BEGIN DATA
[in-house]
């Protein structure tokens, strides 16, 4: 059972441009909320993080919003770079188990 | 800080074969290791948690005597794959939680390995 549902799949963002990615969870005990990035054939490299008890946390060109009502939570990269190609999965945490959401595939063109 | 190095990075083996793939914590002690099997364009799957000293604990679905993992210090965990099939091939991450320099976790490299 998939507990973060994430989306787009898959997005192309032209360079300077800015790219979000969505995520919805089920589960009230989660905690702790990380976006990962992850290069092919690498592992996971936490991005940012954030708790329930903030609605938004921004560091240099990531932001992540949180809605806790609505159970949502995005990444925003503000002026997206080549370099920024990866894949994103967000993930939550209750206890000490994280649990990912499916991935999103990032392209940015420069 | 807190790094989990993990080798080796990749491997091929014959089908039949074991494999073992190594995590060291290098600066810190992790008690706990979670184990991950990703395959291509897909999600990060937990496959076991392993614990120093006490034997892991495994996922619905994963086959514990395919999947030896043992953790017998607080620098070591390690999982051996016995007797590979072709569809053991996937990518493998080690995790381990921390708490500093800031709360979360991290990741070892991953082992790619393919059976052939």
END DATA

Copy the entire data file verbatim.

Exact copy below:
[in-house]
């Protein structure tokens, strides 16, 4: 059972441009909320993080919003770079188990 | 800080074969290791948690005597794959939680390995 549902799949963002990615969870005990990035054939490299008890946390060109009502939570990269190609999965945490959401595939063109 | 190095990075083996793939914590002690099997364009799957000293604990679905993992210090965990099939091939991450320099976790490299 998939507990973060994430989306787009898959997005192309032209360079300077800015790219979000969505995520919805089920589960009230989660905690702790990380976006990962992850290069092919690498592992996971936490991005940012954030708790329930903030609605938004921004560091240099990531932001992540949180809605806790609505159970949502995005990444925003503000002026997206080549370099920024990866894949994103967000993930939550209750206890000490994280649990990912499916991935999103990032392209940015420069 | 807190790094989990993990080798080796990749491997091929014959089908039949074991494999073992190594995590060291290098600066810190992790008690706990979670184990991950990703395959291509897909999600990060937990496959076991392993614990120093006490034997892991495994996922619905994963086959514990395919999947030896043992953790017998607080620098070591390690999982051996016995007797590979072709569809053991996937990518493998080690995790381990921390708490500093800031709360979360991290990741070892991953082992790619393919059976052939």